> not safe. He was a memory and architect guru but maybe not a C++ guru. I
    > am no kind of guru, but I'm here on a saturday 2 weeks behind a release
    > schedule sweating bullets. HELP!!]


    Good luck.
    Buster.
     
    Buster Copley, Jul 19, 2003
    #2
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  3. On Sat, 19 Jul 2003 13:14:03 -0400, "Ian McBride" <> wrote:

    >(was: delete() confusion)
    >
    >I have a class with multiple base classes. One of these base classes
    >(base1) has its own new/delete operators and nothing else. Another base
    >class (base 2) has a virtual destructor. The class with the virtual
    >destructor has AddRef() and Release() methods, and Release() ultimately does
    >a "delete this". Can that "delete this" statement somehow find the right
    >delete method?


    Yes. In the statement "delete p;", if p is of static type T*, and if T
    has a virtual destructor, and if the object pointed to is of type D derived
    from T, then the D destructor must be invoked first of all, which implies a
    dynamic downcast. From there the destructor action moves up the class
    hierarchy, until finally (all destructors executed) the memory is
    deallocated using "T::eek:perator delete".

    ยง12.5/4 describes the detailed rules for which "operator delete" is called.

    Now this implies that even though "operator delete" is a static function
    it's accessed via some mechanism resembling a virtual method call, i.e.
    in a C++ implementation that uses the vtable mechanism, via the vtable.



    >If it does, it involves a downcast and an upcast to get to
    >the right place.


    The base class parts of an object are not allocated separately from
    the object. The object including all its base class parts is allocated
    in one chunk. If the object is of type T then "T::eek:perator new" is used
    for allocation, and, if it has a virtual destructor, "T::eek:perator delete"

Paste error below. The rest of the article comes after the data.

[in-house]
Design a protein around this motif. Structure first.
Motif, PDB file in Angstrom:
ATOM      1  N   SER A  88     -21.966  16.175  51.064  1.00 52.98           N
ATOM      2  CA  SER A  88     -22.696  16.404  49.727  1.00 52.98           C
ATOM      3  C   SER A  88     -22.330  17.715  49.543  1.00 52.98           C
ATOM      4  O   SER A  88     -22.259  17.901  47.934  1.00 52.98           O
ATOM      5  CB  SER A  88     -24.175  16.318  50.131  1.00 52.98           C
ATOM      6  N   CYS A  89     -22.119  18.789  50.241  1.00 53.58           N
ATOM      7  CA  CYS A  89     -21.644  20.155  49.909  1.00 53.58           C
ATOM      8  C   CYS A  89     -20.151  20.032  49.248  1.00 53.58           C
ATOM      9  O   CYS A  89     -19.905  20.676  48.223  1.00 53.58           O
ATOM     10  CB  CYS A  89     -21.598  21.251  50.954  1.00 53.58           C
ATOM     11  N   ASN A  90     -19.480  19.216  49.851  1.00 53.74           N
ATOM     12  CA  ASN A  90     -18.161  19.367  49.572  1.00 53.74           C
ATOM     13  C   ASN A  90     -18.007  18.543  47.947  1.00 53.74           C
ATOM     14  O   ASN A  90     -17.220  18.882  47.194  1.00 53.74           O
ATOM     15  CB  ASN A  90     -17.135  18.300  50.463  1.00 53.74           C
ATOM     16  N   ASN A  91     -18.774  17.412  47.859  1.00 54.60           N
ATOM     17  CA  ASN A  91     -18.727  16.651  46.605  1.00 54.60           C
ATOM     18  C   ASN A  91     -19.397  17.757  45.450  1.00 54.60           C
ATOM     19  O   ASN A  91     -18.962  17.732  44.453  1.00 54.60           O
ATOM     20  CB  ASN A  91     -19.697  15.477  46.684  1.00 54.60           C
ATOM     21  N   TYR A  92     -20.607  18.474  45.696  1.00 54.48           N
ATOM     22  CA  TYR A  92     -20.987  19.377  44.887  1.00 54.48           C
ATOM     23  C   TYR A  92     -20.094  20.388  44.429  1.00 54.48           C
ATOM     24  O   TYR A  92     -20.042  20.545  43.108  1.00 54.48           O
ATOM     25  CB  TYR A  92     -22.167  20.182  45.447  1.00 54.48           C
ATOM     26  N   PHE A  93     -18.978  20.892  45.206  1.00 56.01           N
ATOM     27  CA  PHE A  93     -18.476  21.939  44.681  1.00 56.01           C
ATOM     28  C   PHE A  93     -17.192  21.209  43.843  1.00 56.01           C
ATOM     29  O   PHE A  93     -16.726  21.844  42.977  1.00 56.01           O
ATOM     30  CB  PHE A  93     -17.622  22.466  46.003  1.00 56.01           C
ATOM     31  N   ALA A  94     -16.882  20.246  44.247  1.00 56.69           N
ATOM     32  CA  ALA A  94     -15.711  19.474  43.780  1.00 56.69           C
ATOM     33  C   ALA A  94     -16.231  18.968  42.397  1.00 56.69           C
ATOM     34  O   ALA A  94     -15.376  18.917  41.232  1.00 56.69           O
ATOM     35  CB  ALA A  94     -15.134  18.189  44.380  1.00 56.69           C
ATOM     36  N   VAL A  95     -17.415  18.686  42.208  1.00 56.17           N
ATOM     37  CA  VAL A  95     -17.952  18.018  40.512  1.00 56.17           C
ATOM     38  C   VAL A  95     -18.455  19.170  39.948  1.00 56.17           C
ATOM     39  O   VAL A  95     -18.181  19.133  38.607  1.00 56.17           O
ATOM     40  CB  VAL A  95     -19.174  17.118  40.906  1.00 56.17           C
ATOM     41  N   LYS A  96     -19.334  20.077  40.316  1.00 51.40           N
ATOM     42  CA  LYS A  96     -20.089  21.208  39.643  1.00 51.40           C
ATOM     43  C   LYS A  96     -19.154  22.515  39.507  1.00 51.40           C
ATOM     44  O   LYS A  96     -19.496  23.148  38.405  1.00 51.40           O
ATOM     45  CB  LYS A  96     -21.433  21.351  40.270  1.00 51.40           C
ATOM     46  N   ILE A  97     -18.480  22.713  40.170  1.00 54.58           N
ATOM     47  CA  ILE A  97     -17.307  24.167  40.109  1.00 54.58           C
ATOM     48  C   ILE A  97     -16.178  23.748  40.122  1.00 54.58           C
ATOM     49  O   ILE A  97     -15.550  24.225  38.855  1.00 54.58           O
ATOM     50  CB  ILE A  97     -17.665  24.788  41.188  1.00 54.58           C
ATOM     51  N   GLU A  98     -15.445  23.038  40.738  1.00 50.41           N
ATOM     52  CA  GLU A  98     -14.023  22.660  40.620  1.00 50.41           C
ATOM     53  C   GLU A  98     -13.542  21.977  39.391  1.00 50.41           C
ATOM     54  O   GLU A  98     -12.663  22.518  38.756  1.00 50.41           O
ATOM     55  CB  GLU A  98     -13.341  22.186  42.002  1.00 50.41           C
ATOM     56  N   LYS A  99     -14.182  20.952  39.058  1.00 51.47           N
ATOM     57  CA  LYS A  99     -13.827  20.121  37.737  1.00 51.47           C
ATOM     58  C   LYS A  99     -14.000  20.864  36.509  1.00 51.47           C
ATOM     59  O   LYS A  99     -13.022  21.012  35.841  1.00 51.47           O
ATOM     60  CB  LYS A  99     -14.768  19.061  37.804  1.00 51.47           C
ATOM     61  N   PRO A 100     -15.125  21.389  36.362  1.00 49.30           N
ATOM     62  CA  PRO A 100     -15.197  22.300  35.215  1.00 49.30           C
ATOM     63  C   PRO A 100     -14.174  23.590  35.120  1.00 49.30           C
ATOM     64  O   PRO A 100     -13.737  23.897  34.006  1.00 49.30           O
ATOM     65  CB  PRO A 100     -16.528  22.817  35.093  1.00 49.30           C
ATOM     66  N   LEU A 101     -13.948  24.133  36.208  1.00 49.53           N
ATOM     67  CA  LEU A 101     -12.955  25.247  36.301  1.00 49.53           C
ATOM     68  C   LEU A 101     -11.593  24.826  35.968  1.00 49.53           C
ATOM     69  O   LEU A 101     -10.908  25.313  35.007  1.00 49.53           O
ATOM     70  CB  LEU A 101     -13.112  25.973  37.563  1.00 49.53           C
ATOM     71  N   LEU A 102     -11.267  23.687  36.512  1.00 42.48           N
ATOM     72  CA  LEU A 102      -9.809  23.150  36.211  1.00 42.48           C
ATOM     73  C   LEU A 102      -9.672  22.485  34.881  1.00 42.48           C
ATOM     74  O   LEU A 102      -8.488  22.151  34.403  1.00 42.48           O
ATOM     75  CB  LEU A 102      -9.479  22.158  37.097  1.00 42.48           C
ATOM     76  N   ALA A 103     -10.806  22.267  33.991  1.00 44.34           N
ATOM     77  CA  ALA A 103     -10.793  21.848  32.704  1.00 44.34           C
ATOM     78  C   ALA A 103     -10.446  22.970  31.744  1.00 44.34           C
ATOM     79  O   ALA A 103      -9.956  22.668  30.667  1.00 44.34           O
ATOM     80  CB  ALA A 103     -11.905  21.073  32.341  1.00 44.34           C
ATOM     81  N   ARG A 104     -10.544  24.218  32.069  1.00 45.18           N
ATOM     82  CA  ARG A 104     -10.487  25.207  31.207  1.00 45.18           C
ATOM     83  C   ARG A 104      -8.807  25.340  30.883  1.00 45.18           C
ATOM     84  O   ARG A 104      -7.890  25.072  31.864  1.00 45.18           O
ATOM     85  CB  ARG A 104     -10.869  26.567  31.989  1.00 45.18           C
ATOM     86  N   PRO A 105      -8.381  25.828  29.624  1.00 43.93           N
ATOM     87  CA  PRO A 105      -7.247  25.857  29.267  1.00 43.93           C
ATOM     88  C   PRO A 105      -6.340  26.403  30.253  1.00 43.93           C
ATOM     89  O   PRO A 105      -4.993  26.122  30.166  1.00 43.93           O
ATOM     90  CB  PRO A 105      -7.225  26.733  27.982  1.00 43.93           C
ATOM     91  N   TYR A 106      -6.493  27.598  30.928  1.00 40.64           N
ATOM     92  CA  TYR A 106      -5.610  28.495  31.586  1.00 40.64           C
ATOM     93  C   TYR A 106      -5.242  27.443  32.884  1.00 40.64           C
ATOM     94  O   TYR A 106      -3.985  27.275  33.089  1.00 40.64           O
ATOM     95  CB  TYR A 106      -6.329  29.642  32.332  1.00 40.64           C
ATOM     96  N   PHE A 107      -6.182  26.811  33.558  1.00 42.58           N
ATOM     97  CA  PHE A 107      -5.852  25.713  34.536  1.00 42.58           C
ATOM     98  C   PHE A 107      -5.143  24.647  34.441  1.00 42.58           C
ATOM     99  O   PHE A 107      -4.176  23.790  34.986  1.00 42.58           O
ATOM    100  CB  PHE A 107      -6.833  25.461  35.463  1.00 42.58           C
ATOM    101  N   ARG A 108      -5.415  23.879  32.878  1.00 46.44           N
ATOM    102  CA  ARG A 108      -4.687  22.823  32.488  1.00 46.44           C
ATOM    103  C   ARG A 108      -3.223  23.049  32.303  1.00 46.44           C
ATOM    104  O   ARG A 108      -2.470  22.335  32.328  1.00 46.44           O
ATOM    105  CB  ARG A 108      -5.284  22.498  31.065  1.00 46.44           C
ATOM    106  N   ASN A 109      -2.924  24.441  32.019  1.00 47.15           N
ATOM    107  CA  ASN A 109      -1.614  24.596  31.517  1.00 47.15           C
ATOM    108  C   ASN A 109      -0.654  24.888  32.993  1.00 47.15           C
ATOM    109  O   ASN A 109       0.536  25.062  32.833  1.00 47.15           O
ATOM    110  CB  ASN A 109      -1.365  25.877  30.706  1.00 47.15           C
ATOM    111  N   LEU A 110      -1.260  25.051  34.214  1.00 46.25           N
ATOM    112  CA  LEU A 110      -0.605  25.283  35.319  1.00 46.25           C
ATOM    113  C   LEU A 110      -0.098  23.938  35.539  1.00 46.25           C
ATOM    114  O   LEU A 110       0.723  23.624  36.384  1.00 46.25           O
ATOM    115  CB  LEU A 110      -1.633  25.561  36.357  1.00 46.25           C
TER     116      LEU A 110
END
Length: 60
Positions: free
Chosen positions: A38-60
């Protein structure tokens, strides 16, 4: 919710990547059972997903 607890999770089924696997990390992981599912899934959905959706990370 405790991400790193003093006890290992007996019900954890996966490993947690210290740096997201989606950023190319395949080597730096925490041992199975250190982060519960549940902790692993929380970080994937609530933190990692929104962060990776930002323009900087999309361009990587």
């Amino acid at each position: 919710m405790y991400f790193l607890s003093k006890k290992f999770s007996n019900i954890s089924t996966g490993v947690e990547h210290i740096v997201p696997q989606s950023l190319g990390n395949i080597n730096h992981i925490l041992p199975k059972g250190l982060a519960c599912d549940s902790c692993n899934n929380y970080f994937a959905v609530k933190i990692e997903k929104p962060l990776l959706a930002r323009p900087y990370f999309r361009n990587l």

for deallocation.



    >Beyond this, I am having a fit trying to figure out, I guess, "delete
    >visibility" for polymorphic objects. Delete is always static, so it seems
    >that the class actually being "deleted" needs to have the class with the
    >correct delete method as a base class. But what if you wind up with
    >multiple base classes with their own delete operators?


    I'm not 100% sure whether that is allowed, although I do think so, but
    it does seem like a recipe for disaster. Presumably there's some reason
    for these operators being defined. So instead of inheritance consider
    encapsulation.



    >[I have inherited code with a BUNCH of rocket science assembler level memory
    >management put together by a system architect who got his PhD in memory
    >strategies. He's gone, and now the new builds are not stable. My first
    >choice was to comment out ALL new/delete operators and just use the heap,
    >but the system won't stay in real time under load. I think the memory
    >management stuff works, but the C++ interface to it -- new and delete -- is
    >not safe. He was a memory and architect guru but maybe not a C++ guru. I
    >am no kind of guru, but I'm here on a saturday 2 weeks behind a release
    >schedule sweating bullets. HELP!!]


    As another poster have written, good luck! ;-)
     
    Alf P. Steinbach, Jul 19, 2003
    #3